MILTON KAUFFMAN, Inc., v. SMITH.
This is an action for specific performance of an agreement made by respondent to convey real property to appellant. Judgment was entered in favor of respondent and appellant appeals, assigning as errors the insufficiency of the evidence to sustain several findings of fact.
By an agreement in writing respondent agreed to convey to appellant approximately 19 1/212 acres of land in Los Angeles County for the sum of $22,000. A deposit of $1,000 was made on the purchase price at the time of the execution of the agreement. Within a few days thereafter respondent returned the deposit and notified appellant that she refused to perform the contract. The ground of refusal was that the contract was unfair, unjust and inequitable to her for the reason that the consideration agreed to be paid for the property was grossly inadequate.
At the outset our attention has been called to the fact that the verified complaint alleges that pursuant to the contract of sale appellant deposited in escrow the sum of $10,000 in cash together with a deed of trust on the property securing appellant's note in the sum of $11,000. The complaint was filed on March 7, 1946. The escrow clerk who had charge of the escrow produced the escrow record and testified therefrom that the sum of $10,000 was not deposited until April 12, 1946, one month and five days after the complaint was filed, and the deed of trust was not deposited until March 29, or 22 days after the commencement of the action. This evidence was not denied. Since the cash payment and the deed of trust were not deposited in escrow until long after the complaint was filed the allegations in the verified complaint were untrue and appellant was not in a position to maintain the action for the reason that at the date of its commencement appellant had not fulfilled the terms of the contract on its part to be performed.
The complaint contains an allegation that the consideration named in the agreement was the fair, just and reasonable value of the property and was otherwise in all respects fair, just and equitable. Respondent denied this allegation and alleged that at the time the agreement was executed the fair, just and reasonable value of the property was not less than $35,000.
Respondent and a bank appraiser testified that the value of the property on the date of the agreement was $30,000. Milton Kauffman, president of appellant, testified that the property was worth $800 to $1,000 an acre. There was other evidence on behalf of appellant that the price named in the contract was the fair market value of the property. On cross-examination of Kauffman it was shown that appellant had filed an action for damages for breach of the same contract wherein the verified complaint alleged the value of the property to have been $50,000 and that appellant had been damaged in the sum of $28,000, the difference between the alleged value and the contract price.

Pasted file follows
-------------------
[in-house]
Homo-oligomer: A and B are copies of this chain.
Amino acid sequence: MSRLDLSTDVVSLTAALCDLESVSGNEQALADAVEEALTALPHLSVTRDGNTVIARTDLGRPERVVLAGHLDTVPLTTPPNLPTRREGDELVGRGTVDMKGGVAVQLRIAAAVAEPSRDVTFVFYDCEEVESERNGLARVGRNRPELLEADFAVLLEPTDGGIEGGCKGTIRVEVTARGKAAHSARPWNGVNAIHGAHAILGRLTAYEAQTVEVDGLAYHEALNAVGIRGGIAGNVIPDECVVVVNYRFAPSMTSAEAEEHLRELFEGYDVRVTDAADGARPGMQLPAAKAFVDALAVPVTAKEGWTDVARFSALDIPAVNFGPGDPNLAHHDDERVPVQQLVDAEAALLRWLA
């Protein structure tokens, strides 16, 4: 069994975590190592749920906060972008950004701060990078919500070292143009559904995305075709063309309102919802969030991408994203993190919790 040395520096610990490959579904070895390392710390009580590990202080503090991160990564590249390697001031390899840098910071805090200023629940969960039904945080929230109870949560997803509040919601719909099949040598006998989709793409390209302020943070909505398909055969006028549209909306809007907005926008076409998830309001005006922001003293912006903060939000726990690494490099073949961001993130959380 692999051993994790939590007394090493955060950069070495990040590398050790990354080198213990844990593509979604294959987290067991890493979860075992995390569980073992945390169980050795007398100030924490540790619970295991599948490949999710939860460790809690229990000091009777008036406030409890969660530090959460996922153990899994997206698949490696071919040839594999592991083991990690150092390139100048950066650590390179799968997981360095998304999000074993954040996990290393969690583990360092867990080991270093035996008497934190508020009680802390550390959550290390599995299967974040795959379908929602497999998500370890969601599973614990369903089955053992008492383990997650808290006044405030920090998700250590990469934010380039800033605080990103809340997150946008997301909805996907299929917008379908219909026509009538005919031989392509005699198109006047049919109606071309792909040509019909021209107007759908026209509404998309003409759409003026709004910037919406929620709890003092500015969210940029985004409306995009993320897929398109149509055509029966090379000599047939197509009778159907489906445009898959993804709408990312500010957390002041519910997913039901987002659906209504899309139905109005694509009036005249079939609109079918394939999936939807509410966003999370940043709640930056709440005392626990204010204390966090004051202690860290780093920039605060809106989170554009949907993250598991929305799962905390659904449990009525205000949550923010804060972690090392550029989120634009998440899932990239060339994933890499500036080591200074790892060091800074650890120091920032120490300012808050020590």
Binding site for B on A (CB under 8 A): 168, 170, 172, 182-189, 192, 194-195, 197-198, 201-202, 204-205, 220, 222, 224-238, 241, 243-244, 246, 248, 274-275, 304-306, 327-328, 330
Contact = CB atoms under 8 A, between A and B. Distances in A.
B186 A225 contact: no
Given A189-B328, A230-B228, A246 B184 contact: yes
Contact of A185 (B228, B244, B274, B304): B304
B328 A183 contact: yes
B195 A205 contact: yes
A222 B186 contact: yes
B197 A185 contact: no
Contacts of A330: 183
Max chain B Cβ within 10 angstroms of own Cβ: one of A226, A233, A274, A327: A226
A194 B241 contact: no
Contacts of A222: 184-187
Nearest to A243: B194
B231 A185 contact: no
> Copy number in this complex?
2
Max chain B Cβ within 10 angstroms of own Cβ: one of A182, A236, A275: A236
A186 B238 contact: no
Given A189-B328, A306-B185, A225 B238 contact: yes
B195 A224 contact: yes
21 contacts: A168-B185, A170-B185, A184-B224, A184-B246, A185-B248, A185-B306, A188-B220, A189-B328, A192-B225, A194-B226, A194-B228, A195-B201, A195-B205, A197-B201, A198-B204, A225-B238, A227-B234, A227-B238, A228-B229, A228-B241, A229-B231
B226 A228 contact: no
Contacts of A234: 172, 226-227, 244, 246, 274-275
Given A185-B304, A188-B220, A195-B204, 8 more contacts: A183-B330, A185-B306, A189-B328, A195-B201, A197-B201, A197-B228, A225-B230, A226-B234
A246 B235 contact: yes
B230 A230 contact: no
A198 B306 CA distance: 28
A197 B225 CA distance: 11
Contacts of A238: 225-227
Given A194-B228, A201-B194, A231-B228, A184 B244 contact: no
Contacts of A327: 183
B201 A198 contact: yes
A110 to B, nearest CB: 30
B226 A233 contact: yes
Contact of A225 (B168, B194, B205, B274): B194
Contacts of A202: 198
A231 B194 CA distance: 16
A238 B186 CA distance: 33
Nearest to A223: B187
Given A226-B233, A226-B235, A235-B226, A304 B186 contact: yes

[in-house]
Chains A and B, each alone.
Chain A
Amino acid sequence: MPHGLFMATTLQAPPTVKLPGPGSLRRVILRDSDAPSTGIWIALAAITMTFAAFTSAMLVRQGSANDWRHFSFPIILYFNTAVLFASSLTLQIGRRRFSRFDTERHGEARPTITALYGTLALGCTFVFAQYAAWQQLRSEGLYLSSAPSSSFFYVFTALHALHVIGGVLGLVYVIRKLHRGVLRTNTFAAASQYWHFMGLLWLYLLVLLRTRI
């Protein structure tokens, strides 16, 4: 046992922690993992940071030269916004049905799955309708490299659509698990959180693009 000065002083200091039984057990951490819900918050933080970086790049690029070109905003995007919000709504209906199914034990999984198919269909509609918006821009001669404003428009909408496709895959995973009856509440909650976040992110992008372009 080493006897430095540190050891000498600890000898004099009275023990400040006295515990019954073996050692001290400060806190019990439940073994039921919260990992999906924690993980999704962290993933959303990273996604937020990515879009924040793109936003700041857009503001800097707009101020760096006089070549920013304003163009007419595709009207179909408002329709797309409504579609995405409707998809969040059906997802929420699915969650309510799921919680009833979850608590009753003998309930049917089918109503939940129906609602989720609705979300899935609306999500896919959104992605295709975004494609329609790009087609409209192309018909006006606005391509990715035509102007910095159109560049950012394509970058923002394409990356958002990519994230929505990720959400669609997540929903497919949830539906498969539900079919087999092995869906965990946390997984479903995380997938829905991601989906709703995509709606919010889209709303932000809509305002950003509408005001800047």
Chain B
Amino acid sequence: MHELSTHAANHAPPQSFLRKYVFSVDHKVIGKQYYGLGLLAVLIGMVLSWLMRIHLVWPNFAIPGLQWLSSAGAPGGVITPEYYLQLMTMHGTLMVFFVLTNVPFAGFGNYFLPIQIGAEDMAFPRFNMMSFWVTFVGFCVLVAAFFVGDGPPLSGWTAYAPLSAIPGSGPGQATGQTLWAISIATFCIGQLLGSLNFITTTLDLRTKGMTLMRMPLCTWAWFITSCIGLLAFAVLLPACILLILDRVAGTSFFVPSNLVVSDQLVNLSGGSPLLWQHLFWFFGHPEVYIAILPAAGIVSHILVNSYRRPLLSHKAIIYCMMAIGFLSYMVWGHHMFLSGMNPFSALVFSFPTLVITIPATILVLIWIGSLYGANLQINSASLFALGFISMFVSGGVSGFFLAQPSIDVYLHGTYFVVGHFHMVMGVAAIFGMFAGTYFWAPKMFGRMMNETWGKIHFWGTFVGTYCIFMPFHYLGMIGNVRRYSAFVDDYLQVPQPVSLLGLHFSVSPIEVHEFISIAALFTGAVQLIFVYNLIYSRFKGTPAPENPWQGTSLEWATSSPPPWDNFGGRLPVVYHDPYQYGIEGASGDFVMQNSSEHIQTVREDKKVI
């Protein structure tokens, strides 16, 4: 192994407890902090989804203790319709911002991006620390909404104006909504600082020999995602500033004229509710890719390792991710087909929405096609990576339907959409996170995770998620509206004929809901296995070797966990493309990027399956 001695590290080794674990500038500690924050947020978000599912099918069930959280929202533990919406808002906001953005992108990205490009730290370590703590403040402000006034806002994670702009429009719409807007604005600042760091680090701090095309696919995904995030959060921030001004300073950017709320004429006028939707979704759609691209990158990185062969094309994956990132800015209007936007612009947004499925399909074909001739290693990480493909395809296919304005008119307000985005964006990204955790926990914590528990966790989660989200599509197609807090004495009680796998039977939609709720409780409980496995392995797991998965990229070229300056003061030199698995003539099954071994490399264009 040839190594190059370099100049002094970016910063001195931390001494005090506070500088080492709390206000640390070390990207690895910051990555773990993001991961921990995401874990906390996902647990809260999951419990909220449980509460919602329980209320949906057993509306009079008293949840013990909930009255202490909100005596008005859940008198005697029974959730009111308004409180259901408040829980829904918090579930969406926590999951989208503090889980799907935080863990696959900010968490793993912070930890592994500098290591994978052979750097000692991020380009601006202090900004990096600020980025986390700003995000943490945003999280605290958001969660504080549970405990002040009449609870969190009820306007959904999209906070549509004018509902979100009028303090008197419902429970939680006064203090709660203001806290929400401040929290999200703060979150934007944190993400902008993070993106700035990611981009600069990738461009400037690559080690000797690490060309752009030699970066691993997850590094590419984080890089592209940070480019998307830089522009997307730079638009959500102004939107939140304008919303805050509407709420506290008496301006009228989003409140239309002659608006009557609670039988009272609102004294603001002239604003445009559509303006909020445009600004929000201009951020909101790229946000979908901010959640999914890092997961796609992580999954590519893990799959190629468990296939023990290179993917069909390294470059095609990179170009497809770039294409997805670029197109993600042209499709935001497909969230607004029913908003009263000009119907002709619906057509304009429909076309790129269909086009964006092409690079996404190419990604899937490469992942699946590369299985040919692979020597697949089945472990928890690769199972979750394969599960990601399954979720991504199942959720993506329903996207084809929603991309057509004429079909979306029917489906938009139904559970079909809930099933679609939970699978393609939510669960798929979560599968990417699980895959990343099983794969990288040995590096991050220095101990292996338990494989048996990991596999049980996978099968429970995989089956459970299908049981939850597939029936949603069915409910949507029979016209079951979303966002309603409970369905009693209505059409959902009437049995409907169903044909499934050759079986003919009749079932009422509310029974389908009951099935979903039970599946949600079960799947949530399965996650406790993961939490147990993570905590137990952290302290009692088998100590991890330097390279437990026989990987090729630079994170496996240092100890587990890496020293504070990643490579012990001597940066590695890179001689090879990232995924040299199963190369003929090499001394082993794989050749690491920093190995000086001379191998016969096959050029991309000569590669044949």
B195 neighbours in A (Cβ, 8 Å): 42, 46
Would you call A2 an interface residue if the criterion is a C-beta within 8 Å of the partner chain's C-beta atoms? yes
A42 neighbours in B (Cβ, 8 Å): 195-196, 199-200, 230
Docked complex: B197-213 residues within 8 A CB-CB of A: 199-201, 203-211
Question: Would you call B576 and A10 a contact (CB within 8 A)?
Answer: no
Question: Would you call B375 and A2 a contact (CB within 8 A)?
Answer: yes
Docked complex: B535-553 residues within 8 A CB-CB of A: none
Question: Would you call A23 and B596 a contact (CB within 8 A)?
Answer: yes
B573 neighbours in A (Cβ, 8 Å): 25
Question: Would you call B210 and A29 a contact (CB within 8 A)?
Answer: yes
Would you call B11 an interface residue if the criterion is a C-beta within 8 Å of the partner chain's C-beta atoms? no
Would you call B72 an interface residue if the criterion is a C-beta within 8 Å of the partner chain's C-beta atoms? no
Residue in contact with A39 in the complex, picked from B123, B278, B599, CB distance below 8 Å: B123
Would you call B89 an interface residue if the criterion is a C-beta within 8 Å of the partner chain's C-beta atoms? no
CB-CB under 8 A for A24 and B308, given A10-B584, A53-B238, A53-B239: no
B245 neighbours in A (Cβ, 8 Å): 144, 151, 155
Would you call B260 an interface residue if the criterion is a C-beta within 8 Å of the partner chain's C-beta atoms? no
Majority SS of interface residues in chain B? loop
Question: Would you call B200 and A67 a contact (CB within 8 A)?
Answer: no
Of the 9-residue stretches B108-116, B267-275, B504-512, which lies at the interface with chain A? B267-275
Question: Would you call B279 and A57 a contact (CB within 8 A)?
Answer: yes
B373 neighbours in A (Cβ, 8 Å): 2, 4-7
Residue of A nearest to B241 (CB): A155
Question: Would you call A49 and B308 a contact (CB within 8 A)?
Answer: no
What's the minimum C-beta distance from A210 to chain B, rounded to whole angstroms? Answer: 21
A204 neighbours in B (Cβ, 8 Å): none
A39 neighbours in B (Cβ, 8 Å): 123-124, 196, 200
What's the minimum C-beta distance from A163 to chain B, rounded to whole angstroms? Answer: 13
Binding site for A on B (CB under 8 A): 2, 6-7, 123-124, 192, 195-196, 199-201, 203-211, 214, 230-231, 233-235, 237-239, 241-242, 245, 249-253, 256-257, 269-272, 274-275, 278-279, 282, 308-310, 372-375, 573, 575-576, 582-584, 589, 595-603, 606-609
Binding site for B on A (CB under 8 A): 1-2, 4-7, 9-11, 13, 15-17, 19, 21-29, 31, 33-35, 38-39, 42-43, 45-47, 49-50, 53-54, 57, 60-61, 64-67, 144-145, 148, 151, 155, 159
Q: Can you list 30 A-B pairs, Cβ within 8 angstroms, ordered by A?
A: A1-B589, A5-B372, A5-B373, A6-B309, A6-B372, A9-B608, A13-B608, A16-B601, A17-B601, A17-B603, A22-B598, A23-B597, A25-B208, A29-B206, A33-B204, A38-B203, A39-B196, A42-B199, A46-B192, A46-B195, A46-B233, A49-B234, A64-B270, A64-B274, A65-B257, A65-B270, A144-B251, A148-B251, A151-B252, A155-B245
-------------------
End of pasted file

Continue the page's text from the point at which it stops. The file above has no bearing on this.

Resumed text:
The court found that the consideration named in the agreement was not the fair, just or reasonable value of the property on the date of the agreement, and that the fair market value thereof on that date was $30,000. Appellant concedes that all conflicts in the evidence are to be resolved in favor of the judgment but argues in the same breath that the trial court ignored the evidence in favor of appellant, and that respondent's evidence as to value is based upon a misconception of that term as it has been defined in the decisions of the appellate courts. We find nothing in the record to justify this criticism.
It is the universal rule that the market value of property is measured by the highest price estimated in terms of money which the land would bring if exposed for sale in the open market, with reasonable time allowed in which to find a purchaser, buying with knowledge of all the uses and purposes to which it was adapted and for which it was capable. The test is ‘the fair market value of the land in view of all the purposes to which it is naturally adapted.’ Sacramento Southern R. R. Co. v. Heilbron, 156 Cal. 408, 409, 412, 104 P. 979, 981.
In an action for specific performance the plaintiff must allege and prove adequacy of consideration and that the agreement is not as to the other party unconscionable or inequitable. Mayers v. Alexander, 73 Cal.App.2d 752, 762, 167 P.2d 818. In Wilson v. White, 161 Cal. 453, 464, 119 P. 895, $14,000 was held to be an inadequate consideration for property valued at $15,000, and in Haddock v. Knapp, 171 Cal. 59, 151 P. 1140, where the consideration agreed to be paid was $1,800 for property worth $2,500 a decree refusing specific performance was sustained.
The court also found upon sufficient substantial evidence, not necessary to be related in detail, that the contract had been obtained from respondent through misrepresentations.
Since the findings in favor of respondent on the questions of adequacy of consideration and misrepresentations are sustained by the evidence it is unnecessary to discuss appellant's assignments of error predicated on alleged insufficiency of the evidence to sustain other findings.
MOORE, P. J., and McCOMB, J., concur.